• Limited Self Assessment: Contractors can perform annual self-assessment at Level 1 certification and, with permission of CMMC governing bodies, perform limited self-assessments at Level 2. 
  • Waivers Allowed: Under certain circumstances, contractors can fill out POAMs to address areas where compliance falls short. 

The move from CMMC 1.0 to CMMC 2.0 streamlined compliance, more in line with NIST 800-171 and 800-172.

 

What is NIST Special Publication 800-171?

NIST SP 800-171

Forming the backbone of CMMC compliance and protecting CUI, NIST Special Publication 800-171, “Protecting Controlled Unclassified Information in Non-federal Systems and Organizations” maps out the series of security controls and practices organizations must implement to protect this critical data. 

These requirements are broken down into several families, each housing several types of measures or controls addressing specific threats or vulnerabilities. 

These control families include the following:

  • Access Control: This family includes identity or role-based policies, control access of system resources, control flow within a system for authorized users. 
  • Awareness and Training: Any program or policy to ensure that users, employees, management and other stakeholders understand threats and best practices, compliance requirements and security policies. 
  • Audit and Accountability: Creating and maintaining audit logs, ensuring the security of those logs and maintaining the integrity of log data against recording error or tampering.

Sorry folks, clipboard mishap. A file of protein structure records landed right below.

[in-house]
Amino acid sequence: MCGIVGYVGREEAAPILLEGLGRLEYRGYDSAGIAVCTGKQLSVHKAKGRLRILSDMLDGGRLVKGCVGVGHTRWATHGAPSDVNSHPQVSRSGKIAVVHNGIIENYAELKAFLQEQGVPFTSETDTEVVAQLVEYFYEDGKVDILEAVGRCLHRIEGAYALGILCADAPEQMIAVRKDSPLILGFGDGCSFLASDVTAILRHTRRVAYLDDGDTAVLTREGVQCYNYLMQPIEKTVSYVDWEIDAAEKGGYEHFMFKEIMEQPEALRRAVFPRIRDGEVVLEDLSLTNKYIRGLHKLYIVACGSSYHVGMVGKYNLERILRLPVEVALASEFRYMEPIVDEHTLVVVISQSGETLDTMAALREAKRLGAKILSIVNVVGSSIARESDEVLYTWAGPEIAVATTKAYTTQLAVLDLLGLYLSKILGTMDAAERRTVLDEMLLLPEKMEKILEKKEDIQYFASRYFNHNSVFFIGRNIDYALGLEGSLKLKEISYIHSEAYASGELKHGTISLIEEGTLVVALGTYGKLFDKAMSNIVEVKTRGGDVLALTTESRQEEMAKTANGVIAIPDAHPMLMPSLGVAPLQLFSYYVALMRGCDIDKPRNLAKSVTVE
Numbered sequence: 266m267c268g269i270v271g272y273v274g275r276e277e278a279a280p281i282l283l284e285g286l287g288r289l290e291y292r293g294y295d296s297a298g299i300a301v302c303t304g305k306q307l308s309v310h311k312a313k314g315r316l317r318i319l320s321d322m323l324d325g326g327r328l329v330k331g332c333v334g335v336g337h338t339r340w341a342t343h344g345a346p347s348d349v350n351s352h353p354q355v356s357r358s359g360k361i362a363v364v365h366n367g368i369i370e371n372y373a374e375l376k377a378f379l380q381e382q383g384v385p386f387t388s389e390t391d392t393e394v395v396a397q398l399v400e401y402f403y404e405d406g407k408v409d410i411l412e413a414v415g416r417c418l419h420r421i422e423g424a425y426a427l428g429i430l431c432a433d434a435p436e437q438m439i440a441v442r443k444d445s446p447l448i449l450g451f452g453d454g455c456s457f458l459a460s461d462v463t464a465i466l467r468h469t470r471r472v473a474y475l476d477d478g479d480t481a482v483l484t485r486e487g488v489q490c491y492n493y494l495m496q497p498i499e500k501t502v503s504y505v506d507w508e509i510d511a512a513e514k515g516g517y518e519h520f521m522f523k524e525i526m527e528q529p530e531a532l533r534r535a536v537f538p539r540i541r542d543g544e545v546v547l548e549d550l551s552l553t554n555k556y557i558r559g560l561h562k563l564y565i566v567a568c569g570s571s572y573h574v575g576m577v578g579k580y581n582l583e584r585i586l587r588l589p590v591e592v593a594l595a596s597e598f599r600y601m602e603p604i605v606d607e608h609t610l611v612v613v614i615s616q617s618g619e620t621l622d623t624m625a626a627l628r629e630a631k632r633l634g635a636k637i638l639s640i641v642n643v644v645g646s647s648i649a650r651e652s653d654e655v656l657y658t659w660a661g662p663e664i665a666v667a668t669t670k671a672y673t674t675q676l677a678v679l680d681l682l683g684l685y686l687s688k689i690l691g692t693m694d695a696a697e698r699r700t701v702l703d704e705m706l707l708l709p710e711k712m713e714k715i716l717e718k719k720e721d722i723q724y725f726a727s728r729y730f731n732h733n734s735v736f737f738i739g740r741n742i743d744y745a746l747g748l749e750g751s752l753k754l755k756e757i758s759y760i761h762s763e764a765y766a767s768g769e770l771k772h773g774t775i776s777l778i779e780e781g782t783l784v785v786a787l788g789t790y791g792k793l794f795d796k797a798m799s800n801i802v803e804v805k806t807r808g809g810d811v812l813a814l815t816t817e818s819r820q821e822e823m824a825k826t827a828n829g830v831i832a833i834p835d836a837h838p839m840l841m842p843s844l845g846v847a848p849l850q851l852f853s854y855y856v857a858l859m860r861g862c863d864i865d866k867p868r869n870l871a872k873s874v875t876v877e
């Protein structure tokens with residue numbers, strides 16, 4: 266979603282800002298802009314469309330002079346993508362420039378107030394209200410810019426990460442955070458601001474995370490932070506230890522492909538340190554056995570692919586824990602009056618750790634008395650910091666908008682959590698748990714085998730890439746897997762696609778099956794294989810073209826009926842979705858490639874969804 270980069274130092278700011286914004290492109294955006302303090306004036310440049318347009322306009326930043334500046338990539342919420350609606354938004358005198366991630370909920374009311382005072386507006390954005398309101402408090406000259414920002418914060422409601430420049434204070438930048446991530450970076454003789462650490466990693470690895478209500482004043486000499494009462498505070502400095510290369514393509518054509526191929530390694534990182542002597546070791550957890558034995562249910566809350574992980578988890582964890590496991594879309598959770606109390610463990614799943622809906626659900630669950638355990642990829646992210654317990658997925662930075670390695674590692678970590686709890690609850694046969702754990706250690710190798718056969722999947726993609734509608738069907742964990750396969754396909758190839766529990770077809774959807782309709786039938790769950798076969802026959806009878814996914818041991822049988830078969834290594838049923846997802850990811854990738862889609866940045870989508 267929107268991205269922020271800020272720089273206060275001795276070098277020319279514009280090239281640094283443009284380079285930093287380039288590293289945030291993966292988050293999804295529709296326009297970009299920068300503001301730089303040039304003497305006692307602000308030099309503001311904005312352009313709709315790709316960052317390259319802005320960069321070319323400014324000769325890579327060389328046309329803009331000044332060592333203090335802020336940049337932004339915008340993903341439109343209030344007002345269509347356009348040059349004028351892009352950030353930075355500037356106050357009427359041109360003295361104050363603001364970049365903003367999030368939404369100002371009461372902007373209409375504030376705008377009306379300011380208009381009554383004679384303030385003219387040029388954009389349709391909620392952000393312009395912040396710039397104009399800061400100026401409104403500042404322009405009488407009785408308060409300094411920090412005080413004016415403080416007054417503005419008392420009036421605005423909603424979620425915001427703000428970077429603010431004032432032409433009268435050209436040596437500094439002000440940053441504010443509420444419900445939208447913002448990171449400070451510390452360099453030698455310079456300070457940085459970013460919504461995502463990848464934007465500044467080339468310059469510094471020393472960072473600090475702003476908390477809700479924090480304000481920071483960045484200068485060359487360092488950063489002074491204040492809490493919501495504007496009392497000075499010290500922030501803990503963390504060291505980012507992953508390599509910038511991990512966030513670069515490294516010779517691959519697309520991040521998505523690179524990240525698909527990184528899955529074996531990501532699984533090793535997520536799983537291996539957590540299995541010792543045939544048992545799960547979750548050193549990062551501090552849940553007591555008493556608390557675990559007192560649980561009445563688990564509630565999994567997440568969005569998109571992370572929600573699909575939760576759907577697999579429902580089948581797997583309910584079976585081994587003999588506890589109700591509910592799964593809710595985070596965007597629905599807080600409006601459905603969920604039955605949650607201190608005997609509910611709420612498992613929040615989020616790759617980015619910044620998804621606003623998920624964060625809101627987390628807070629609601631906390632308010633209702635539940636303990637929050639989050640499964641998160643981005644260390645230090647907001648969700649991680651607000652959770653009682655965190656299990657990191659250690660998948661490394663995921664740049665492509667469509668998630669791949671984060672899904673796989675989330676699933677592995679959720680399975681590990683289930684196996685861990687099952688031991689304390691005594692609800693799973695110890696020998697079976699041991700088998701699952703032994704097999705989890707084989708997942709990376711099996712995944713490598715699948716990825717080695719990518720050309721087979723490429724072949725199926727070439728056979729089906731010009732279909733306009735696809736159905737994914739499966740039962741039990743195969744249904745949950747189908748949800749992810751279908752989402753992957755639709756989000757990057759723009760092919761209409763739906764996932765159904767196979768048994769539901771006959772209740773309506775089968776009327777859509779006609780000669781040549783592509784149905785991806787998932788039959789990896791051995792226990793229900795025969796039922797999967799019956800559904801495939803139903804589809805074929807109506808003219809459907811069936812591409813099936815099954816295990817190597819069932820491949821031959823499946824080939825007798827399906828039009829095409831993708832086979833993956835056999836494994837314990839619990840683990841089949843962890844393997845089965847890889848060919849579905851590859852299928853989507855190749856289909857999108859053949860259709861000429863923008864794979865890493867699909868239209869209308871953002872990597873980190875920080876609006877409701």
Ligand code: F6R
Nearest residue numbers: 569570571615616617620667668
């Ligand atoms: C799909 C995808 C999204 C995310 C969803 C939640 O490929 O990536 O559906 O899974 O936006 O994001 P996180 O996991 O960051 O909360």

• Configuration Management: Establishing policies to ensure baseline configurations for security and compliance, and implementing practices to maintain proper configuration of governed systems. 
  • Identification and Authentication: Creating and managing user identities in the system, authentication methods (passwords, biometrics, MFA) for those identities and using time-sensitive methods like one-time passwords. 
  • Incident Response: Plan, formalize and implement organizational responsiveness for security incidents, including mitigation and remediation.
  • Maintenance: Maintain and deploy regular observation and maintenance operations, including implementing the right tools and platforms to do so. 
  • Media Protection: Control and prevent access to data-carrying media, including digital (hard disks, removable media) and physical (paper, files). 
  • Personnel Security: Perform screening and onboarding to maintain CUI security, and implement procedures to protect CUI during employee termination or reassignment.